The world’s most prestigious soccer league is warning fans not to share goals on social media, even though there is no apparent business or legal justification for doing so.
Professional sports photographers, they’re just like us! Or at least Brad Mangin is. He’s an avid Instagrammer, and shares his secrets for getting better pictures.
Local papers will get a heaping of Major League Baseball highlights thanks to a new syndication deal with NDN, a company backed by Reggie Jackson.
Watching MLB games live on YouTube is now possible… if you live in Europe: The league is starting to stream two games per day on the video site, but not in key markets.
One thing that emerged from our media conference was that there is no single solution when it comes to the future of content, or the monetization of media — and that is probably a good thing.
Major League Baseball is using new data tools to create more detailed profiles of people who visit team and league websites. MLB plans to use the extra data to create profiles of affluent customers, and to let brands target those profiles on private ad exchanges.
On this week’s show we talk about the trouble with those pesky patent trolls, take a look at how buying a bunch of hard drives got BackBlaze banned from Costco, and how Apple’s Passbook could change the way you enjoy America’s pastime.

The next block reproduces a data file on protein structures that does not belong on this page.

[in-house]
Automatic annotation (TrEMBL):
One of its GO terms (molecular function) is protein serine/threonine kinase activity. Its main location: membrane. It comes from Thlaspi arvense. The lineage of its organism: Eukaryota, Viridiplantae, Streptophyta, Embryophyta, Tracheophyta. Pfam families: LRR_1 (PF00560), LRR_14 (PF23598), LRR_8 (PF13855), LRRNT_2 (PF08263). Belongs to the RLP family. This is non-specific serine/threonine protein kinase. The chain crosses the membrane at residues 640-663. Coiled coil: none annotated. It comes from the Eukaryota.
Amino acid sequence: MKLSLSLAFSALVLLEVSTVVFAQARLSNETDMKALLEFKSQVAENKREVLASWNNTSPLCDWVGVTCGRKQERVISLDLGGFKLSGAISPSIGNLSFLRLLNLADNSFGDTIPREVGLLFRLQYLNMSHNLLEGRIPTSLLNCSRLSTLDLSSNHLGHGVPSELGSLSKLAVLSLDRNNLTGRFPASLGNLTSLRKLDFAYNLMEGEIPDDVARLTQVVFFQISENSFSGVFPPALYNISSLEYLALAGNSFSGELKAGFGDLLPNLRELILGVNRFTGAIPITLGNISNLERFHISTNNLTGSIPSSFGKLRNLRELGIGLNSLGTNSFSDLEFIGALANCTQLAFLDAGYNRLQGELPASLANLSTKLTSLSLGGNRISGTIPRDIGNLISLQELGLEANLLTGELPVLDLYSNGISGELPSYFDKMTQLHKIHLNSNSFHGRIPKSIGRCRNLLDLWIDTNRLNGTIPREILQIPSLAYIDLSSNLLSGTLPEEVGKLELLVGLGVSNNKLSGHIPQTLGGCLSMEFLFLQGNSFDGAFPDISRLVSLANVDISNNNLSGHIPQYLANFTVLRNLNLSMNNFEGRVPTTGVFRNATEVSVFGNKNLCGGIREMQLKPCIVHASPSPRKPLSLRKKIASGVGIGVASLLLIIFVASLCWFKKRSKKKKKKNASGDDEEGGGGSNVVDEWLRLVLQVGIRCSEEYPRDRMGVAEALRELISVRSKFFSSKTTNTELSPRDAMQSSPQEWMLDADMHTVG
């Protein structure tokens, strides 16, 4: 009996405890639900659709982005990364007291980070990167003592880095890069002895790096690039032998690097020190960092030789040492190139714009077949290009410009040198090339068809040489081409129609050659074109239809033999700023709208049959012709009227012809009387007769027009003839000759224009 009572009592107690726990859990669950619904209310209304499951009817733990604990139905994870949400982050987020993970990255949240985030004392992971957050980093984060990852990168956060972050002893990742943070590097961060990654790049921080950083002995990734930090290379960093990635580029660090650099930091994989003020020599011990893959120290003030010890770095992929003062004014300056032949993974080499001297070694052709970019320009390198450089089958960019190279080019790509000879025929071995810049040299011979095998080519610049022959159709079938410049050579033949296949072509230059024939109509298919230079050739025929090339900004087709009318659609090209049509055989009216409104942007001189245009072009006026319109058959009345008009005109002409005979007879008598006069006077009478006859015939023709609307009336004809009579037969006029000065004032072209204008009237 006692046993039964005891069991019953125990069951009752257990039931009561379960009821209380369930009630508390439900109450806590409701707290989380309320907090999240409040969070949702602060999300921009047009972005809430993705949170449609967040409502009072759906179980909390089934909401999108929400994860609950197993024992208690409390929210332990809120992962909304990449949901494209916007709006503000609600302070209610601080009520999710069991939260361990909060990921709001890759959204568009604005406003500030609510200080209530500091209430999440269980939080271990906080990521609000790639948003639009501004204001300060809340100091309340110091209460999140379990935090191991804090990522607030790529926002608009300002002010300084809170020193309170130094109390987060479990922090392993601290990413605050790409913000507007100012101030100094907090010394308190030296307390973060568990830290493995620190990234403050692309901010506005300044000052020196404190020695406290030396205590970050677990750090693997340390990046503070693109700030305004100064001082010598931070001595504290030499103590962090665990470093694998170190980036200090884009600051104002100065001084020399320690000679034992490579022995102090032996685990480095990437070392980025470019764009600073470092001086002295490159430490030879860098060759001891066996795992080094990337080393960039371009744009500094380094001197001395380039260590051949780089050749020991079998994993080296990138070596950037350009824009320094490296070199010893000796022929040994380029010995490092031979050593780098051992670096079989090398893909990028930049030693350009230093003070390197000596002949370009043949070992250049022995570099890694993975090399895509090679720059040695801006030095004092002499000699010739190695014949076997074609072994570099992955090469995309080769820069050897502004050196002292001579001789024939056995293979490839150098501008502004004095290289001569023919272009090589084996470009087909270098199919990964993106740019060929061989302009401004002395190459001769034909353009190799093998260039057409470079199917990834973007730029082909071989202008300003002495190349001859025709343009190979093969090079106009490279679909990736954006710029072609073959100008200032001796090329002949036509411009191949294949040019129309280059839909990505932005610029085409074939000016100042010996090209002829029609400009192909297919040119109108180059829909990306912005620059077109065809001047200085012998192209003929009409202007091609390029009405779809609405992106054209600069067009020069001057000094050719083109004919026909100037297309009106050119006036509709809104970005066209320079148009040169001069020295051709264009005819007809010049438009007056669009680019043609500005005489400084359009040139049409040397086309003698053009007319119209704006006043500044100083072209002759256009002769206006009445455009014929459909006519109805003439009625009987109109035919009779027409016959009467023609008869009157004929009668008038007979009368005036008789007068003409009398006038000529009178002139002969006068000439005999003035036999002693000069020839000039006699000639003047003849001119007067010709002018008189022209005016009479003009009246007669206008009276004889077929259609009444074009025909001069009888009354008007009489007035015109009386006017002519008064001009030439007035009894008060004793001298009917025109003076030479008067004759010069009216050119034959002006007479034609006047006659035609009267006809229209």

Last year, Major League Baseball fans cast more than 50 million votes for the last players to be added to the 2011 All-Star Game rosters. Voting is underway to do the same for the 2012 All-Star Game but should you chime in?
The 2011 MLB Home Run Derby begins at 8:00 p.m. EDT/5:00 p.m. PDT this evening, and will be available on ESPN, ESPN3, Facebook, and a variety of mobile apps. MLB players will also be live tweeting during the contest, adding a social element to the Derby.
CBS: We’ll Cut iTunes Prices for Some Shows; CEO Les Moonves says the broadcaster will mark down the price on some of its shows from $1.99 to 99 cents. (MediaMemo) Moonves also boasted about the importance of retransmission fees and growth at the company’s cable channels. (paidContent)
Roberts, Zucker To Appear Before House Judiciary Committee; the House Judiciary Committee will hold a Feb. 25 hearing in which Comcast CEO Brian Roberts and NBC Universal president Jeff Zucker will discuss their proposed $30 billion joint venture. (Multichannel News)
Will You Pay for Hulu on the iPad? It May Be Your Only Choice; the most likely scenario for Hulu to appear on the iPad is one where access to its videos comes as part of a subscription package. (MediaMemo)
The People Of Twitter Think NBC’s Olympics Coverage Sucks; NBC is driving people on the Internet crazy by tape-delaying coverage of the Olympics until primetime, with roughly two thirds of tweets about the NBC Olympics coming up as negative. (TechCrunch)
Sports Leagues Monetizing Video Content Online; led by the trailblazing efforts of Major League Baseball, other top US sports leagues have made huge strides in streaming live-game content on a paid basis. (eMarketer)
2010 Looks Brighter for Digital Media; online video continues to capitalize on the continued increase in media fragmentation, consumer-generated content, and a rising generation of consumers very comfortable using their computers as primary or secondary entertainment devices. (MarketingVox)